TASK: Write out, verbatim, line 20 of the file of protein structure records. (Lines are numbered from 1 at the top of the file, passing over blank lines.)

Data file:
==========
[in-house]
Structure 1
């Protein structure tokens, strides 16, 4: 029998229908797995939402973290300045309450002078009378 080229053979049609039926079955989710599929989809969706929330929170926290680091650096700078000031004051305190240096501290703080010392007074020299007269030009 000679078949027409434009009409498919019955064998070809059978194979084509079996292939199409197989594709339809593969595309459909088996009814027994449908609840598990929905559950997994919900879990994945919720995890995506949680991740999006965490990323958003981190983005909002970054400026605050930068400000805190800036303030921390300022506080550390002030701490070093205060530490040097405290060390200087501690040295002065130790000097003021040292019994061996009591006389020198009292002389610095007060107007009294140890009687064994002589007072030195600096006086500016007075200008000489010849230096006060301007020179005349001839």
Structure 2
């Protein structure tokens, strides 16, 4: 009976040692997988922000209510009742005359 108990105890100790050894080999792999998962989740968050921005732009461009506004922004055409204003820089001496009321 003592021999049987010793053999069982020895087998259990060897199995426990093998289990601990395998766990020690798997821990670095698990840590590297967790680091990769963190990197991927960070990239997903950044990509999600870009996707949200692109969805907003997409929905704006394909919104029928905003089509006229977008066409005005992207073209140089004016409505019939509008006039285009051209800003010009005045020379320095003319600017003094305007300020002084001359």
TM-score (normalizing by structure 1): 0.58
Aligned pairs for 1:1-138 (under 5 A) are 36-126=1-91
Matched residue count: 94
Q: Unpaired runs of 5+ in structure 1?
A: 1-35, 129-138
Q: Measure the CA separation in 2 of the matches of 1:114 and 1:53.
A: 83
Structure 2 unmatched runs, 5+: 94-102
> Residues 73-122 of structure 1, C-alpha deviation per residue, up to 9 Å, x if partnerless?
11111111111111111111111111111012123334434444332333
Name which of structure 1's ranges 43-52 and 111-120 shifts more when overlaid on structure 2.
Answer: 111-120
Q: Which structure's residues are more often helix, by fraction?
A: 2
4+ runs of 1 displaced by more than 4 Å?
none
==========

4+ runs of 1 displaced by more than 4 Å?